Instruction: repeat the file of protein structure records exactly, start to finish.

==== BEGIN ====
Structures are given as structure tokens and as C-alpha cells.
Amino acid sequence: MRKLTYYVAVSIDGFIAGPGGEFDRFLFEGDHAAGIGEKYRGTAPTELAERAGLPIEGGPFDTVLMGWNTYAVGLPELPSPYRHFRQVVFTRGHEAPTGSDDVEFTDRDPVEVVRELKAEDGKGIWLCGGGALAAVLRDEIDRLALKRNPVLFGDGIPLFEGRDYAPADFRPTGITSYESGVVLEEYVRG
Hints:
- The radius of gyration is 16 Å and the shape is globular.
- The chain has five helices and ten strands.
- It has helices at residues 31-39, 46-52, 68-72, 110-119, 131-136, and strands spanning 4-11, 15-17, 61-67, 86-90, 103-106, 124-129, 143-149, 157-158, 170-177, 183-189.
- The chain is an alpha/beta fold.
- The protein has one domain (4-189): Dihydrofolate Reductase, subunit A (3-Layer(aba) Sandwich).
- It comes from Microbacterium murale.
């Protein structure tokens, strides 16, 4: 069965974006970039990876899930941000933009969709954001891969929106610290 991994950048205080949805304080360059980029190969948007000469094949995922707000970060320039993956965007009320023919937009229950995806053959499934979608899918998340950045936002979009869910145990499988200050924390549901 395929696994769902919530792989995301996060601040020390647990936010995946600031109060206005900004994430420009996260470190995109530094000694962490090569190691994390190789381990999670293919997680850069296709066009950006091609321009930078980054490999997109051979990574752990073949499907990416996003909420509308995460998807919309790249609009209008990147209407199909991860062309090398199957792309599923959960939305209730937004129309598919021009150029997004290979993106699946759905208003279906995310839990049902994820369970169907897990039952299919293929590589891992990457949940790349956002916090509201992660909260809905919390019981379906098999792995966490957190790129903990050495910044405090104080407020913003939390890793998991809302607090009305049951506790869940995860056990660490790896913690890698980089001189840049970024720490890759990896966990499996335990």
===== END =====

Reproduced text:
Structures are given as structure tokens and as C-alpha cells.
Amino acid sequence: MRKLTYYVAVSIDGFIAGPGGEFDRFLFEGDHAAGIGEKYRGTAPTELAERAGLPIEGGPFDTVLMGWNTYAVGLPELPSPYRHFRQVVFTRGHEAPTGSDDVEFTDRDPVEVVRELKAEDGKGIWLCGGGALAAVLRDEIDRLALKRNPVLFGDGIPLFEGRDYAPADFRPTGITSYESGVVLEEYVRG
Hints:
- The radius of gyration is 16 Å and the shape is globular.
- The chain has five helices and ten strands.
- It has helices at residues 31-39, 46-52, 68-72, 110-119, 131-136, and strands spanning 4-11, 15-17, 61-67, 86-90, 103-106, 124-129, 143-149, 157-158, 170-177, 183-189.
- The chain is an alpha/beta fold.
- The protein has one domain (4-189): Dihydrofolate Reductase, subunit A (3-Layer(aba) Sandwich).
- It comes from Microbacterium murale.
């Protein structure tokens, strides 16, 4: 069965974006970039990876899930941000933009969709954001891969929106610290 991994950048205080949805304080360059980029190969948007000469094949995922707000970060320039993956965007009320023919937009229950995806053959499934979608899918998340950045936002979009869910145990499988200050924390549901 395929696994769902919530792989995301996060601040020390647990936010995946600031109060206005900004994430420009996260470190995109530094000694962490090569190691994390190789381990999670293919997680850069296709066009950006091609321009930078980054490999997109051979990574752990073949499907990416996003909420509308995460998807919309790249609009209008990147209407199909991860062309090398199957792309599923959960939305209730937004129309598919021009150029997004290979993106699946759905208003279906995310839990049902994820369970169907897990039952299919293929590589891992990457949940790349956002916090509201992660909260809905919390019981379906098999792995966490957190790129903990050495910044405090104080407020913003939390890793998991809302607090009305049951506790869940995860056990660490790896913690890698980089001189840049970024720490890759990896966990499996335990």